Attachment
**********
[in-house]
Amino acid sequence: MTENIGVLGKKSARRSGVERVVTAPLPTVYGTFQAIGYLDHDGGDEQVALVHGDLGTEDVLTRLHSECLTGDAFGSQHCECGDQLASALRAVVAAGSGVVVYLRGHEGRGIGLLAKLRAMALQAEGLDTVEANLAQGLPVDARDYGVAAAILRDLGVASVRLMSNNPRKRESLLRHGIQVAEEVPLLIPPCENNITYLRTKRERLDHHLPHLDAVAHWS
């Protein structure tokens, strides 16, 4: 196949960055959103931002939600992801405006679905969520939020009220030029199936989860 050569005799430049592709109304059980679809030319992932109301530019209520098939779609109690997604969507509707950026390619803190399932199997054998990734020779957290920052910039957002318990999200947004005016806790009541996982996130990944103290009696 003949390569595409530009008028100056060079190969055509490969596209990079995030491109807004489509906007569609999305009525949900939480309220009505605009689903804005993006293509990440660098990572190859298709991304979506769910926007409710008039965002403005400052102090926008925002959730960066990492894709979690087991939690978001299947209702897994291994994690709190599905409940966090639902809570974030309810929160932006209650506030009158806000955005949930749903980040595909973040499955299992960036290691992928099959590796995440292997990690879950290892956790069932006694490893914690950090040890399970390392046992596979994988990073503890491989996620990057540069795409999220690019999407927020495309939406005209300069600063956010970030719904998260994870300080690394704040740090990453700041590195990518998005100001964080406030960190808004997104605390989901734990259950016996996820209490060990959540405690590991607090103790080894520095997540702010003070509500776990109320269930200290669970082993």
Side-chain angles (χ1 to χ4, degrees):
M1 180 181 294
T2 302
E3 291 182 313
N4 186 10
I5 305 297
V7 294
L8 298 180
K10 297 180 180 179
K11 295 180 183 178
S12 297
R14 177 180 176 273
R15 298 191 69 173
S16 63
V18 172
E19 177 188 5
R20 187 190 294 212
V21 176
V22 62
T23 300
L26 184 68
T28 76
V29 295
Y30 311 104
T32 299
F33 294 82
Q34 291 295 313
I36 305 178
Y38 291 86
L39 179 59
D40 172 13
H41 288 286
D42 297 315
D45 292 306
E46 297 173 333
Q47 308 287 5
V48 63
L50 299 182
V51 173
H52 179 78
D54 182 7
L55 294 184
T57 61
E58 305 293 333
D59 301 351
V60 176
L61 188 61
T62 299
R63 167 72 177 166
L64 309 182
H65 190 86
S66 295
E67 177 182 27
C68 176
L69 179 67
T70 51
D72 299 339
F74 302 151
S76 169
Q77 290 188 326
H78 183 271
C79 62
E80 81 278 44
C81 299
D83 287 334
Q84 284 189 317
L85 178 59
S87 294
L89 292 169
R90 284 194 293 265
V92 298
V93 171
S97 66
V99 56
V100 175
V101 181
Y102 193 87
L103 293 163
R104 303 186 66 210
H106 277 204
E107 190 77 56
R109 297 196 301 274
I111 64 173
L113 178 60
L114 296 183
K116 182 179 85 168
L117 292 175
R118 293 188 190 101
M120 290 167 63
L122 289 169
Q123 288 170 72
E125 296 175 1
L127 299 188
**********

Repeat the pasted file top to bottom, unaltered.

[in-house]
Amino acid sequence: MTENIGVLGKKSARRSGVERVVTAPLPTVYGTFQAIGYLDHDGGDEQVALVHGDLGTEDVLTRLHSECLTGDAFGSQHCECGDQLASALRAVVAAGSGVVVYLRGHEGRGIGLLAKLRAMALQAEGLDTVEANLAQGLPVDARDYGVAAAILRDLGVASVRLMSNNPRKRESLLRHGIQVAEEVPLLIPPCENNITYLRTKRERLDHHLPHLDAVAHWS
């Protein structure tokens, strides 16, 4: 196949960055959103931002939600992801405006679905969520939020009220030029199936989860 050569005799430049592709109304059980679809030319992932109301530019209520098939779609109690997604969507509707950026390619803190399932199997054998990734020779957290920052910039957002318990999200947004005016806790009541996982996130990944103290009696 003949390569595409530009008028100056060079190969055509490969596209990079995030491109807004489509906007569609999305009525949900939480309220009505605009689903804005993006293509990440660098990572190859298709991304979506769910926007409710008039965002403005400052102090926008925002959730960066990492894709979690087991939690978001299947209702897994291994994690709190599905409940966090639902809570974030309810929160932006209650506030009158806000955005949930749903980040595909973040499955299992960036290691992928099959590796995440292997990690879950290892956790069932006694490893914690950090040890399970390392046992596979994988990073503890491989996620990057540069795409999220690019999407927020495309939406005209300069600063956010970030719904998260994870300080690394704040740090990453700041590195990518998005100001964080406030960190808004997104605390989901734990259950016996996820209490060990959540405690590991607090103790080894520095997540702010003070509500776990109320269930200290669970082993």
Side-chain angles (χ1 to χ4, degrees):
M1 180 181 294
T2 302
E3 291 182 313
N4 186 10
I5 305 297
V7 294
L8 298 180
K10 297 180 180 179
K11 295 180 183 178
S12 297
R14 177 180 176 273
R15 298 191 69 173
S16 63
V18 172
E19 177 188 5
R20 187 190 294 212
V21 176
V22 62
T23 300
L26 184 68
T28 76
V29 295
Y30 311 104
T32 299
F33 294 82
Q34 291 295 313
I36 305 178
Y38 291 86
L39 179 59
D40 172 13
H41 288 286
D42 297 315
D45 292 306
E46 297 173 333
Q47 308 287 5
V48 63
L50 299 182
V51 173
H52 179 78
D54 182 7
L55 294 184
T57 61
E58 305 293 333
D59 301 351
V60 176
L61 188 61
T62 299
R63 167 72 177 166
L64 309 182
H65 190 86
S66 295
E67 177 182 27
C68 176
L69 179 67
T70 51
D72 299 339
F74 302 151
S76 169
Q77 290 188 326
H78 183 271
C79 62
E80 81 278 44
C81 299
D83 287 334
Q84 284 189 317
L85 178 59
S87 294
L89 292 169
R90 284 194 293 265
V92 298
V93 171
S97 66
V99 56
V100 175
V101 181
Y102 193 87
L103 293 163
R104 303 186 66 210
H106 277 204
E107 190 77 56
R109 297 196 301 274
I111 64 173
L113 178 60
L114 296 183
K116 182 179 85 168
L117 292 175
R118 293 188 190 101
M120 290 167 63
L122 289 169
Q123 288 170 72
E125 296 175 1
L127 299 188